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Learn about Fine Motor Skills and How to Improve Them

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Updated May 16, 2014

Little Girl Painting.
Stephen W. Morris/Digital Vision/Getty Images

What are Fine Motor Skills:

Fine motor skills involve the small muscles of the body that enable such functions as writing, grasping small objects, and fastening clothing. They involve strength, fine motor control, and dexterity.

How Fine Motor Skills Affect Learning and Living Skills:

These skills are important in most school activities as well as in life in general. Weaknesses in fine motor skills can affect a child's ability to eat, write legibly, use a computer, turn pages in a book, and perform personal care tasks such as dressing and grooming.

Fine Motor Weakness and Practical Strategies for Improvement:

If your child has fine motor weaknesses that may affect his education, discuss your concerns with your child's IEP team. Evaluation by a physical and/or occupational therapist can determine if his fine motor skills are a concern and if therapy can improve them.

The IEP team will use therapists' assessments and other evaluation data to determine if your child needs regular therapy as a related service. If your child needs therapy to benefit from specially designed instruction, these services will be written into the individual education program.

Toys and Games Help Strengthen Fine Motor Skills:

Many toys develop fine motor skills:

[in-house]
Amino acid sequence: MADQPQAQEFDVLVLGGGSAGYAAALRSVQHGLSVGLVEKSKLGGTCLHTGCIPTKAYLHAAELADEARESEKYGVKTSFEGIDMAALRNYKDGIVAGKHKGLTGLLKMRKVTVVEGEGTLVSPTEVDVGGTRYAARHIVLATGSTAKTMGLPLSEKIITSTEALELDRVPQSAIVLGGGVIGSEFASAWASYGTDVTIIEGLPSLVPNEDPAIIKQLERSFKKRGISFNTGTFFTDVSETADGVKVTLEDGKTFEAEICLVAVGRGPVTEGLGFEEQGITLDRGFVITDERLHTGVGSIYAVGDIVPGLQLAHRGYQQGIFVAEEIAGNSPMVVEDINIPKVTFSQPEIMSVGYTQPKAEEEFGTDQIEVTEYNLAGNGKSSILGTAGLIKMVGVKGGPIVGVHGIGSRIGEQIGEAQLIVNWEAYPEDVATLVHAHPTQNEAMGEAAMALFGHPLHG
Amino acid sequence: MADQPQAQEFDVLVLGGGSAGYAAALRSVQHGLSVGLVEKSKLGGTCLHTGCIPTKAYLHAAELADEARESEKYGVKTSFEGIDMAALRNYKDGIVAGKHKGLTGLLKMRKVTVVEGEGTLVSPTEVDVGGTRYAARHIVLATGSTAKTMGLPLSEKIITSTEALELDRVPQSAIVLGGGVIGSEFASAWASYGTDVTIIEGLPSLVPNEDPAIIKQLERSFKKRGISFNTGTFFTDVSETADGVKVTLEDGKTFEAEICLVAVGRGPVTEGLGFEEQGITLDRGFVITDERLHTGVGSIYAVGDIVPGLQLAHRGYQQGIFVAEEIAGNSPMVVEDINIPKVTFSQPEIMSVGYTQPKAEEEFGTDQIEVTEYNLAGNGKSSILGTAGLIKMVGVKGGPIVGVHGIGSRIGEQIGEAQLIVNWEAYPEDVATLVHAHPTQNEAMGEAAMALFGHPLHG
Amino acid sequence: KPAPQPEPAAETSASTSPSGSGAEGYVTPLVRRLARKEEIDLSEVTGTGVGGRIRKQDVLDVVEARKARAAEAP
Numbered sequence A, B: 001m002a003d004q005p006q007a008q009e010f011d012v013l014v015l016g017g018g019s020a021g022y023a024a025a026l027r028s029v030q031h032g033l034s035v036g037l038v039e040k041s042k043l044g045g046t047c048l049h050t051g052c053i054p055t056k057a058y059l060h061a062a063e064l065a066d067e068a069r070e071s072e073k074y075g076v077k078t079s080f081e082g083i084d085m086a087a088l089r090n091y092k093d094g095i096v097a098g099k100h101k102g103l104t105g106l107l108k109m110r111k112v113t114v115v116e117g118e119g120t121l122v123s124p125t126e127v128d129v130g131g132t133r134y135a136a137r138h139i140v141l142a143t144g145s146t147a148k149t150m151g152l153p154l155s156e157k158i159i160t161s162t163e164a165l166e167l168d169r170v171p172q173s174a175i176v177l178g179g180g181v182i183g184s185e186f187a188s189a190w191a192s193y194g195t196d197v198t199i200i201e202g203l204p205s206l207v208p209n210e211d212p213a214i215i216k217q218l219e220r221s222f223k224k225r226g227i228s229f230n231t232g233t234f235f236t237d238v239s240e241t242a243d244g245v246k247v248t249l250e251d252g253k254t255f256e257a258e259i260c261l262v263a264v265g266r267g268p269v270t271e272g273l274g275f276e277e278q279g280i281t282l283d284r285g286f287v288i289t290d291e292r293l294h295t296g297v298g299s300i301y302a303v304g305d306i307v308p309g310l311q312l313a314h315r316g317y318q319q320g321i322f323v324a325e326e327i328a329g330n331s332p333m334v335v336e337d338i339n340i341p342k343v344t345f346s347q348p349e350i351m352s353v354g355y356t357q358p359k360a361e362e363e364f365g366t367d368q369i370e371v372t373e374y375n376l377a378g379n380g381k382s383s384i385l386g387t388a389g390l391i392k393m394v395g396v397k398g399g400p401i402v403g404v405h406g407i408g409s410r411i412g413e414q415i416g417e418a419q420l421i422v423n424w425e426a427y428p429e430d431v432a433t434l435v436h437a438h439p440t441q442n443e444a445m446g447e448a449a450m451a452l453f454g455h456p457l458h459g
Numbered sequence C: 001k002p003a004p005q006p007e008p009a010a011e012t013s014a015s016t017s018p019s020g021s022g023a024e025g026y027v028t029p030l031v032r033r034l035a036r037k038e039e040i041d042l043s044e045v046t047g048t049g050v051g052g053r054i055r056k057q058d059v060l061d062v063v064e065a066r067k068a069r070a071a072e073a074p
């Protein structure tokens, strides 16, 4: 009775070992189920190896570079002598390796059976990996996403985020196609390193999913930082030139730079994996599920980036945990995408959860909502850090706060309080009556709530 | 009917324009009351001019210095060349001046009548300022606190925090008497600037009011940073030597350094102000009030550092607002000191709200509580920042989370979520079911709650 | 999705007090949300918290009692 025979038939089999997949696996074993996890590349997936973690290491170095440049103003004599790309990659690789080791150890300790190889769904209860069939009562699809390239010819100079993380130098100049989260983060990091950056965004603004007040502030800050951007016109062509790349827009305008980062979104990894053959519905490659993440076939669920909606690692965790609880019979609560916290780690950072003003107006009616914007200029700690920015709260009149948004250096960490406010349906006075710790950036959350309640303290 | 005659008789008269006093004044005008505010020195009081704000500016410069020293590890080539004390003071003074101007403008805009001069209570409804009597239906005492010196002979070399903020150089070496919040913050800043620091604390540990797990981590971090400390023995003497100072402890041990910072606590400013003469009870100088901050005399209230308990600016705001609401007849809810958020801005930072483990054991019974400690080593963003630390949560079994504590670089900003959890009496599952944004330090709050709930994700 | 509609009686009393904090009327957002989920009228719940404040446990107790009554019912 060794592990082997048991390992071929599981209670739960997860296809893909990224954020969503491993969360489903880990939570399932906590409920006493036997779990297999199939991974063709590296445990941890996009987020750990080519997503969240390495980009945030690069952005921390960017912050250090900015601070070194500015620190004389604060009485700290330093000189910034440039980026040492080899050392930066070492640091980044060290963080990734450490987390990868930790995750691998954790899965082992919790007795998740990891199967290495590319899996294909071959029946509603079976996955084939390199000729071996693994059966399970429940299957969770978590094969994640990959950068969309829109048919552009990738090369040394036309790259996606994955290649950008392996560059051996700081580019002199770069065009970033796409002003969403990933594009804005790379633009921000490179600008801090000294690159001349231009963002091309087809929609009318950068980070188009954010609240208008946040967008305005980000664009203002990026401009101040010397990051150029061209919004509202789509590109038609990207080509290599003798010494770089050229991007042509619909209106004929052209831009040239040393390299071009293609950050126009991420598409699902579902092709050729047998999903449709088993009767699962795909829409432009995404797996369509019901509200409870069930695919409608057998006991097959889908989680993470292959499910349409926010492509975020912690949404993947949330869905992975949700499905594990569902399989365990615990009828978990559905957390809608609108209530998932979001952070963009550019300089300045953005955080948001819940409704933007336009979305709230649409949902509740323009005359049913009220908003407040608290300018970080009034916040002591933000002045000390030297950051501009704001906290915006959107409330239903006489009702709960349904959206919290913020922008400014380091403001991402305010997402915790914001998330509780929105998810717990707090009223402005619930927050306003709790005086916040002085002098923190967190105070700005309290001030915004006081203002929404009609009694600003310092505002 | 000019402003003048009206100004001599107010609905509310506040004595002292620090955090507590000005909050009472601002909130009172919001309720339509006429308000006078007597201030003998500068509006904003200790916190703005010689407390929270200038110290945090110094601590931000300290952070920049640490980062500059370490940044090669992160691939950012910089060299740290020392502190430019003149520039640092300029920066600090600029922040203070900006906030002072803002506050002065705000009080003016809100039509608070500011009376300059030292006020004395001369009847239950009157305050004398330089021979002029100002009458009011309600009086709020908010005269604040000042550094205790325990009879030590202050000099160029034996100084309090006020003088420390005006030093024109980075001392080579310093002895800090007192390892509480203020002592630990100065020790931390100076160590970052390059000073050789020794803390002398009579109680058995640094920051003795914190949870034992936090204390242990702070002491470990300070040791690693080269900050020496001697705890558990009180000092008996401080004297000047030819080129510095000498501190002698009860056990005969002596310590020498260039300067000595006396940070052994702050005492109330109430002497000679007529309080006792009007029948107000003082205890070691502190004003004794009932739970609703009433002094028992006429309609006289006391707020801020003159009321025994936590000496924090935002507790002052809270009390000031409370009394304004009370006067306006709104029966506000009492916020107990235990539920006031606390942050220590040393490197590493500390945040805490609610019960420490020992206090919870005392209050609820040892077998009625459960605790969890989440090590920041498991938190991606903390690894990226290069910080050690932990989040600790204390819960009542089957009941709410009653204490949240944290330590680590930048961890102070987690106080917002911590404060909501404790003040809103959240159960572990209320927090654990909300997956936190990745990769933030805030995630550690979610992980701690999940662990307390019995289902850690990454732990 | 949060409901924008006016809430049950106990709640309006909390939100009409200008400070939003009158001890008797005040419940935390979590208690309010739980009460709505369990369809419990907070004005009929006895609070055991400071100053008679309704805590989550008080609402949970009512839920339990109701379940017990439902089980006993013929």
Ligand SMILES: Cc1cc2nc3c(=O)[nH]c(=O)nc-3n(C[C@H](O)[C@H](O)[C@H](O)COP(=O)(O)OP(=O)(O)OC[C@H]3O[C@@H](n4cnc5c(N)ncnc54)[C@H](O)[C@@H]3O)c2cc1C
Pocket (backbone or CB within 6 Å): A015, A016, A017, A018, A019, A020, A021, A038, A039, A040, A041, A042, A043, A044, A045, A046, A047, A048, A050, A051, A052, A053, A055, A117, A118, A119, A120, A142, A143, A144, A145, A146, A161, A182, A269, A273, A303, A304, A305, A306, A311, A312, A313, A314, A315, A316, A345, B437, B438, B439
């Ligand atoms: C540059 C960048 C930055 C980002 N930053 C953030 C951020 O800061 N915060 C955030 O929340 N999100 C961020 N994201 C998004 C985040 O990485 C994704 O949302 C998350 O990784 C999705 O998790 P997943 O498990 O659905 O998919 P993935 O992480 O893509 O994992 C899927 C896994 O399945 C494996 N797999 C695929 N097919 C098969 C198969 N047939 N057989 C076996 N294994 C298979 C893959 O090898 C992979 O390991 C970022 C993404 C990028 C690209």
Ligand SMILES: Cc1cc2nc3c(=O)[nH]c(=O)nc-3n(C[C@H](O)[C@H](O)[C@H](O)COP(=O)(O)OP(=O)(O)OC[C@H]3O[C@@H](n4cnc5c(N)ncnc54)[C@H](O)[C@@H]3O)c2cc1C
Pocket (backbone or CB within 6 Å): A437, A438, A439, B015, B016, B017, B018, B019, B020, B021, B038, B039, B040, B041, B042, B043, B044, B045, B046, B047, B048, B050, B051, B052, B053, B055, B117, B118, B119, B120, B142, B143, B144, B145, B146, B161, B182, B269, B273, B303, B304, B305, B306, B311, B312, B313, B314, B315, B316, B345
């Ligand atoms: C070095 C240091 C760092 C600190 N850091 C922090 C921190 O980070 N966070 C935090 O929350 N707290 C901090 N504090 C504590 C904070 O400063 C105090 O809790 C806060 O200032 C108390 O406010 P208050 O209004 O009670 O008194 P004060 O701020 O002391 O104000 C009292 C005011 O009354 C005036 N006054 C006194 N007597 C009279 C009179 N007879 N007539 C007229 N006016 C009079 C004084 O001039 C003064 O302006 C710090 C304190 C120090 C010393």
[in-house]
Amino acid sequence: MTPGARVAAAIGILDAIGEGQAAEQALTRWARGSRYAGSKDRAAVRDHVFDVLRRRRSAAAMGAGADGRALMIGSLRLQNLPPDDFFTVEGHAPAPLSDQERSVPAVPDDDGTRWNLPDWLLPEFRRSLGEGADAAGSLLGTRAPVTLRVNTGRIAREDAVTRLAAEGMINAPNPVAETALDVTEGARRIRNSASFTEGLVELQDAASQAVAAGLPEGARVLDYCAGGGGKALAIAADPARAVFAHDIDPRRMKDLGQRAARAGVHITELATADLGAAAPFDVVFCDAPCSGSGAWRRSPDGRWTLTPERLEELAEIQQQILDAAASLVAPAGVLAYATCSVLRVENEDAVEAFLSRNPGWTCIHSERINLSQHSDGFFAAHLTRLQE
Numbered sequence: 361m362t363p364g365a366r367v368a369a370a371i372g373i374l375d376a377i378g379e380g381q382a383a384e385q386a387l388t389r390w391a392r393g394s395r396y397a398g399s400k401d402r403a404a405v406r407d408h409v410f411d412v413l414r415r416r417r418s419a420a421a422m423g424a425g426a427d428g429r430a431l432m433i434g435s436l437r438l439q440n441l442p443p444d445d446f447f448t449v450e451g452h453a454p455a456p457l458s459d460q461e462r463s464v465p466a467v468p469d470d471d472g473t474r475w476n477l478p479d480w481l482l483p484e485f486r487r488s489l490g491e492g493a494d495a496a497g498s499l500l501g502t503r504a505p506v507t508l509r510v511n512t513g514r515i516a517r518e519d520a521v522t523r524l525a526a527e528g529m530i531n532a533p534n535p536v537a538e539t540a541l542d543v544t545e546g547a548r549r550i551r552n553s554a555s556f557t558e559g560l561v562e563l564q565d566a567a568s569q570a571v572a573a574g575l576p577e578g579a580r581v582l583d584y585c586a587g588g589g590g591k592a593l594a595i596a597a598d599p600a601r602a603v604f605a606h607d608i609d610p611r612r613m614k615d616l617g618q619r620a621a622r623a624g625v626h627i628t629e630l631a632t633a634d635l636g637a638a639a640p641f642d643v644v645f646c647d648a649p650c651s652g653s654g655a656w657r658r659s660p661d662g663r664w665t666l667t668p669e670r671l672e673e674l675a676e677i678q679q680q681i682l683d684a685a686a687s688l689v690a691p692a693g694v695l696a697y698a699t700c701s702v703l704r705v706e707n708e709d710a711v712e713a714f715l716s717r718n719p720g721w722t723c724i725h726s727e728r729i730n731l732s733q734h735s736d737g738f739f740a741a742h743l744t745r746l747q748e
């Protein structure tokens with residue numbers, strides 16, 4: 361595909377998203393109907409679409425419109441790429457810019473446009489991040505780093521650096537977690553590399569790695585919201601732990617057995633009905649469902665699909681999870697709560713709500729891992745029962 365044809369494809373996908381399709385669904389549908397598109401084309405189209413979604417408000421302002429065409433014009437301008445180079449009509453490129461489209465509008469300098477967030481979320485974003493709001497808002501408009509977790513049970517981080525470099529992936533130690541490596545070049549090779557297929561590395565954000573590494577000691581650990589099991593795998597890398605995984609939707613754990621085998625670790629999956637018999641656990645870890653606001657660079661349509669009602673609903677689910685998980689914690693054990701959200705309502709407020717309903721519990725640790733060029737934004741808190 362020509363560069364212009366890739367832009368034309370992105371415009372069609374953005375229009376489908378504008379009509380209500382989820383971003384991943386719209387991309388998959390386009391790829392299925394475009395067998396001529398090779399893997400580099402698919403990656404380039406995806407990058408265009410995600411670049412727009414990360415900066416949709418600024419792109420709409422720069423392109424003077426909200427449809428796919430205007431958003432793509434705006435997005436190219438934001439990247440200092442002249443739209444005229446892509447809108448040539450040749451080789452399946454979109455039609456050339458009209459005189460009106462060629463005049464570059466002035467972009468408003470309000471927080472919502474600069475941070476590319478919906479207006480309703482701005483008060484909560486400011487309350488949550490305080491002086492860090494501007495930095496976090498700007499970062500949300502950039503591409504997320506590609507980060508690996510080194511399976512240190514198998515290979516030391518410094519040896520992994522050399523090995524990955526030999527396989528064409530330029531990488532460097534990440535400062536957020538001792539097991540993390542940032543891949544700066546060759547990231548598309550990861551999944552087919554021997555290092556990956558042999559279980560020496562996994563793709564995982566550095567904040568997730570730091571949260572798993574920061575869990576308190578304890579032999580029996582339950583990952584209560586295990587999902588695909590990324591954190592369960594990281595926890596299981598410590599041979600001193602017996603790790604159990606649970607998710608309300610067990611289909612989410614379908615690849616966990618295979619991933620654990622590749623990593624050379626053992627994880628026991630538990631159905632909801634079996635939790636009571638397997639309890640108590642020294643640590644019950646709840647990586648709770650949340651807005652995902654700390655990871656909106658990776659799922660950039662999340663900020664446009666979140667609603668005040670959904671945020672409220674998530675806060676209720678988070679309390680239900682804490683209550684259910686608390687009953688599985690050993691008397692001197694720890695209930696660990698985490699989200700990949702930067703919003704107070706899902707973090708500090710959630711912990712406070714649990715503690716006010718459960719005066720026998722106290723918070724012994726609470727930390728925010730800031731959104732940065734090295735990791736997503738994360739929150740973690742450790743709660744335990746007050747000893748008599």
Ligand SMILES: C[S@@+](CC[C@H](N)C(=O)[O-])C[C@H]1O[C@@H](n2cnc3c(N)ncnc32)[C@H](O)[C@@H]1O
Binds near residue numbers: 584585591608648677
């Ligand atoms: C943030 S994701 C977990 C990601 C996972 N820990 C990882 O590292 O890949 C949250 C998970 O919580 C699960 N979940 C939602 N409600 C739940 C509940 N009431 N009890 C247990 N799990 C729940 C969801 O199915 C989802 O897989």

Drawing and Coloring Strengthen Fine Motor Skills:

Develop skills by drawing with your child using markers, crayons, colored pencils, and chalk. Drawings needn't be perfect, and scribbling is just fine for developing fine motor skills. Find more recipes here.

These Scratch Magic kits have the cool factor older children like.

Make your own by coloring paper with multiple colors and shapes and then covering the sheet in black crayon. Scratch off with an orange stick or safety scissors.

Develop Fine Motor Skills with Origami:

Origami is a paper folding art that builds skills and is a fun family craft. You can use construction, wrapping, or other decorative papers to make these fine motor skill building origami shapes.

Ready for a Fine Motor Skills Challenge? Try Paper Cutting Arts:

Paper cutting activities build skills and control and can be as simple or complex as you need. Beginners can start with cutting out paper chains and progress to more complex projects.
More Fine Motor Skills Crafts:
  • Paper snowflakes ideas. The tortilla snowflake is not to be missed.
  • Greeting card and place mat crafts are also a fun fine motor skills activity.
  • Kirigami is a Chinese art that can build fine motor skills using decorative paper cutting. For older children, ages 9 and up, this can be a fun activity that rewards kids with a decorative keepsake suitable for the refrigerator art gallery.

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